Arterial Hypertension – Simple Treatments
Smoking, obesity and sedentary lifestyle contributes to hypertension. Hypertension can be controlled or even eliminated by making some lifestyle changes.
Take your blood pressure at home. People who measure their blood pressure at home several times a month can better control it. Thus, we can avoid so-called white coat hypertension that occurs only in the hospital but is normal in the remaining time. Even if you have your own blood pressure device, you’d better check your blood pressure regularly at a doctor’s office.
Lose weight. If you are overweight, you are 2-6 times more likely to make hypertension. The more you weigh more than the recommended body weight the more likely to have increased tension. A loss between 3 and 9 percent of body weight can be enough to cause blood pressure to decrease to safe values (<140/90 mm Hg). Recommendation: eat fewer calories than you burn, avoid foods high in fat and often do exercises.
Regular exercise can reduce blood pressure by 5-10 percent. Running, cycling and weight lifting are excellent and walking, gardening can be really beneficial.
Stop smoking. Quitting smoking can have obvious effects. There is a tremendous amount of evidence that smoking itself is the most important risk factor for heart disease or stroke.
Reduce salt intake. Sodium (salt) causes water retention, blood volume increases spectacular, so blood pressure will increase. Follow diets with low sodium or no sodium and avoid salty snacks, salted meat and fish, and other salty foods. Add salt for taste just at meal, not during cooking, because the food absorb so much salt and salty taste intensity will decrease.
Eat enough potassium. When the potassium level increases, the level of sodium decreases, leading to a reduction in blood pressure. The richest sources of potassium are fruits (especially bananas) and vegetables. You can buy potassium supplements or salt substitutes containing potassium.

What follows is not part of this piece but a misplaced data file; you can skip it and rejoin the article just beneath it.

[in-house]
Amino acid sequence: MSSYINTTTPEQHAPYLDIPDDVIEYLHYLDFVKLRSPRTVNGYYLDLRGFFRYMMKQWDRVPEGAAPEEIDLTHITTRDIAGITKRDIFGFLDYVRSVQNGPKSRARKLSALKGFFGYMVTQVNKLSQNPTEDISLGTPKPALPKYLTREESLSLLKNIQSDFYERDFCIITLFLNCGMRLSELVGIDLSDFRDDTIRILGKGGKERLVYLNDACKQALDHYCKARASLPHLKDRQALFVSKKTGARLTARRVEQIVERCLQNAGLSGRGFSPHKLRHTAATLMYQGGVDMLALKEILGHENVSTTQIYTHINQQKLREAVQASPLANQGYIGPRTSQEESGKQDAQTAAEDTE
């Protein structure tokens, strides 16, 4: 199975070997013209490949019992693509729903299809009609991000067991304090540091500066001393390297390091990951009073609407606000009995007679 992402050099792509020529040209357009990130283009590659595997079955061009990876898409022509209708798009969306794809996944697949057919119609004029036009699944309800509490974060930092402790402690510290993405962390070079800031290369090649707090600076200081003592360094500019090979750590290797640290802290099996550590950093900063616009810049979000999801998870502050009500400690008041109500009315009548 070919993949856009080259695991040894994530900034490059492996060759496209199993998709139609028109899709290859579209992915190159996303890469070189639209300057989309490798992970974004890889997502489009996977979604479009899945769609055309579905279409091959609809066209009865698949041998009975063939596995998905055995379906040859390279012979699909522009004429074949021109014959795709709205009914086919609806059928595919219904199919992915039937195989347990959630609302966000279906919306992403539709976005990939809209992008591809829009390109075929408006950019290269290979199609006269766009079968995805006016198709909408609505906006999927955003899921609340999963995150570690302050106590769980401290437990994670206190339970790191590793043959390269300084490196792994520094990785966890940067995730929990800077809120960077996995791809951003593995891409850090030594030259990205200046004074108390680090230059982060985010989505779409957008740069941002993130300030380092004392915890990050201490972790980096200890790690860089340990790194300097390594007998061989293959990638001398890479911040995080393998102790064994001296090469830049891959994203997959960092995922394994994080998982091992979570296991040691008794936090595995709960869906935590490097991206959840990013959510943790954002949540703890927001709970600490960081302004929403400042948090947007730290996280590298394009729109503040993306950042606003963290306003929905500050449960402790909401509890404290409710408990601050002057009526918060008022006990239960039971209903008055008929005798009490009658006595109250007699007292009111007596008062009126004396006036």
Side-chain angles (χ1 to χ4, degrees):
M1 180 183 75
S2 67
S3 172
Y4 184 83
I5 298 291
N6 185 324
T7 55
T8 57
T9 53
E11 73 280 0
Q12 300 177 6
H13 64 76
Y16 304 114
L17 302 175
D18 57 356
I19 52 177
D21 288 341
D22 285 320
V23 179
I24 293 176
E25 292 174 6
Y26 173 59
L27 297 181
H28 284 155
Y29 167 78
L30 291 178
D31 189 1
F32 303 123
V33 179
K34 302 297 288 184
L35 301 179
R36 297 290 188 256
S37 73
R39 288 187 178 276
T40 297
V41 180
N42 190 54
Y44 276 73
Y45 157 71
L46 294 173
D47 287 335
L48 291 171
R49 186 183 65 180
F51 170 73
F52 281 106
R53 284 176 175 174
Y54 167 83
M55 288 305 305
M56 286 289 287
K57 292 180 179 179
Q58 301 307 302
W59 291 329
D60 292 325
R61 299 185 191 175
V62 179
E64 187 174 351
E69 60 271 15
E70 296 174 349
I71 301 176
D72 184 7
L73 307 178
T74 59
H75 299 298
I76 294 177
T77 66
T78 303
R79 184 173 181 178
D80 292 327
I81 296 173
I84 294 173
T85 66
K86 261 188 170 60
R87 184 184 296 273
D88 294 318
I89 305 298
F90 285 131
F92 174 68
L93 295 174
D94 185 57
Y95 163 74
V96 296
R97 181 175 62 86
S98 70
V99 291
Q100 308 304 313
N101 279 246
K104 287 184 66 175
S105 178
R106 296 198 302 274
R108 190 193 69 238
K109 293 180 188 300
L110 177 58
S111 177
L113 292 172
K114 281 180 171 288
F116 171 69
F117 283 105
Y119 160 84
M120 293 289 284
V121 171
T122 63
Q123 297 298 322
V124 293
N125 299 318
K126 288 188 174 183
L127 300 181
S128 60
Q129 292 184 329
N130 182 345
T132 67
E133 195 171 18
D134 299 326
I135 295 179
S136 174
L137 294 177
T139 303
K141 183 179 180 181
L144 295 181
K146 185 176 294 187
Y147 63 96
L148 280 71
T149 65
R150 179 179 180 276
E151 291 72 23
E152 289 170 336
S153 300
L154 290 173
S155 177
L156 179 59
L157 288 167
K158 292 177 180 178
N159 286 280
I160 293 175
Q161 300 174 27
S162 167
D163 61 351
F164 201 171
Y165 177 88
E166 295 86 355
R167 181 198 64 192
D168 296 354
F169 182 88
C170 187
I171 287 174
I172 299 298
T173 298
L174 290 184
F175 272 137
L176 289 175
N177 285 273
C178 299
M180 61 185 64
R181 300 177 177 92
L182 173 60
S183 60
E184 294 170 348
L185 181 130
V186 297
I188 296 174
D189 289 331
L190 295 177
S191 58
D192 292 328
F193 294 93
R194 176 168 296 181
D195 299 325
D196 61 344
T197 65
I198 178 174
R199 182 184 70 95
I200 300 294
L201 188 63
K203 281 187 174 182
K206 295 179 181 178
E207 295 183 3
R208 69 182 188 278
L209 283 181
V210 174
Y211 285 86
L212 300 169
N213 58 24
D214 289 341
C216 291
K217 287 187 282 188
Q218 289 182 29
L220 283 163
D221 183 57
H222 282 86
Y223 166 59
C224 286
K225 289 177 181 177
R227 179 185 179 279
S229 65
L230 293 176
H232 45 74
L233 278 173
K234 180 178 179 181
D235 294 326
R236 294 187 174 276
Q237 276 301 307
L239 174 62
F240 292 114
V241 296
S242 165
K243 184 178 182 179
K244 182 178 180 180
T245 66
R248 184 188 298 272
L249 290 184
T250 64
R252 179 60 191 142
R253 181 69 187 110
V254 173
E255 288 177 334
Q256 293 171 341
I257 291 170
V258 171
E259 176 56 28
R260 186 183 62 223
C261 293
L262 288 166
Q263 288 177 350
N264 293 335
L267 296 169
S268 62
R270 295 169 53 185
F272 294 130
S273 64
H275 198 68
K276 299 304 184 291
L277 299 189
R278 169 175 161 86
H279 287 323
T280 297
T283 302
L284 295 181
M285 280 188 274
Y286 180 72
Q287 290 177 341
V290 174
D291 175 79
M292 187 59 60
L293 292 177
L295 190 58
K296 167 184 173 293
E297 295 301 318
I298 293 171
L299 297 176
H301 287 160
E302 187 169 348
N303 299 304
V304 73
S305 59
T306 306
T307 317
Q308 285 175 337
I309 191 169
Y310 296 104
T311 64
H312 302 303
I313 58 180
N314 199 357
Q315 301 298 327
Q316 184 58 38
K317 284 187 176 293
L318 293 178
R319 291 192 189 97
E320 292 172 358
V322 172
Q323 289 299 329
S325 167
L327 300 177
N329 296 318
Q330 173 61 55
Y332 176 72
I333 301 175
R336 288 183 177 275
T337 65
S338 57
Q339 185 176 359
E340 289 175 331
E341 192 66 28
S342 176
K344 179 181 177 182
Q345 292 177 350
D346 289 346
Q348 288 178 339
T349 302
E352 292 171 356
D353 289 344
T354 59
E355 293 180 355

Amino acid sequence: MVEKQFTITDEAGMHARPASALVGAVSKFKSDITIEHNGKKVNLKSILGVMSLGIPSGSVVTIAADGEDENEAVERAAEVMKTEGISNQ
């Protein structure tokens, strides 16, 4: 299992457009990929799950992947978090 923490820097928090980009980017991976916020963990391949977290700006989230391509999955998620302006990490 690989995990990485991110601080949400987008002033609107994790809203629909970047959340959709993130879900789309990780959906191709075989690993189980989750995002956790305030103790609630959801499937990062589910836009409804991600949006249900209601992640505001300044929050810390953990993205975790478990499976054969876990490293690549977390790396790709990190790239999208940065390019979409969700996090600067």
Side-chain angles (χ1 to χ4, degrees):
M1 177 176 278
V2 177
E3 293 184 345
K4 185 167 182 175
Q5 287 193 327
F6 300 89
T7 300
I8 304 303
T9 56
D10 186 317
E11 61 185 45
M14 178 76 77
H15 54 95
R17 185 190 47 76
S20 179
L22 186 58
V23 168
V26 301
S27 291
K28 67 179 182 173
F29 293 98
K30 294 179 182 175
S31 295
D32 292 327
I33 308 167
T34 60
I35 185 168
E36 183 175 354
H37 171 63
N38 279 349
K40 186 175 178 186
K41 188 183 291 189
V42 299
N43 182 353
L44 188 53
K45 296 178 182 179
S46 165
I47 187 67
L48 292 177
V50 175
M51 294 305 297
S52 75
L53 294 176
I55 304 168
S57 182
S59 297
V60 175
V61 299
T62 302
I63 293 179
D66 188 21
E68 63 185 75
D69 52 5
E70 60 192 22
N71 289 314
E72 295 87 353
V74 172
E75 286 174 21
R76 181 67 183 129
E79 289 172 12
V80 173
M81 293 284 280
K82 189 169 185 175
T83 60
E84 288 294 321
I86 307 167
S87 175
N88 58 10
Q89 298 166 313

Calcium and magnesium. This is not a treatment for hypertension, but blood pressure may increase if the diet is low in calcium and magnesium. The best sources of calcium are milk, soy milk and orange juice (supplemented with Ca). The source of magnesium are green leafy vegetables, grains, beans and legumes, lean meat (chicken, fish). The dose of calcium is 1000 mg per day, and the dose of magnesium is 300 mg for men and 170 mg for women.
Eat fish. Fish contains omega 3 fatty acids that can help lowering blood pressure, reduce the risk of blood clots and decrease the proportion of deaths among people who have already suffered a heart attack. The best sources are fatty fish: salmon, mackerel, fresh tuna, canned sardines.
Garlic can lower blood pressure. There are evidences to support this. Also, eating a clove of garlic daily can lower cholesterol and blood sugar.
Hawthorn. This herb has a long tradition as a remedy against heart disease. Take 400-600 mg dried herb per day.
Alcohol. Small amounts (attention) of alcohol may be beneficial for the heart. Too much alcohol will increase tension. The maximum limit is 2 drinks per day for men and one drink for women.
Emotional stress does not cause long-term increases in blood pressure, but can cause temporary increases. Take time to calm and relax, meditating and breathing deeply.
Cholesterol does not increase blood pressure, but leads to narrowing of the arteries, the loss of their flexibility. High cholesterol leads to plaque formation in the arteries and high blood pressure can make these deposits to break off and form dangerous clots.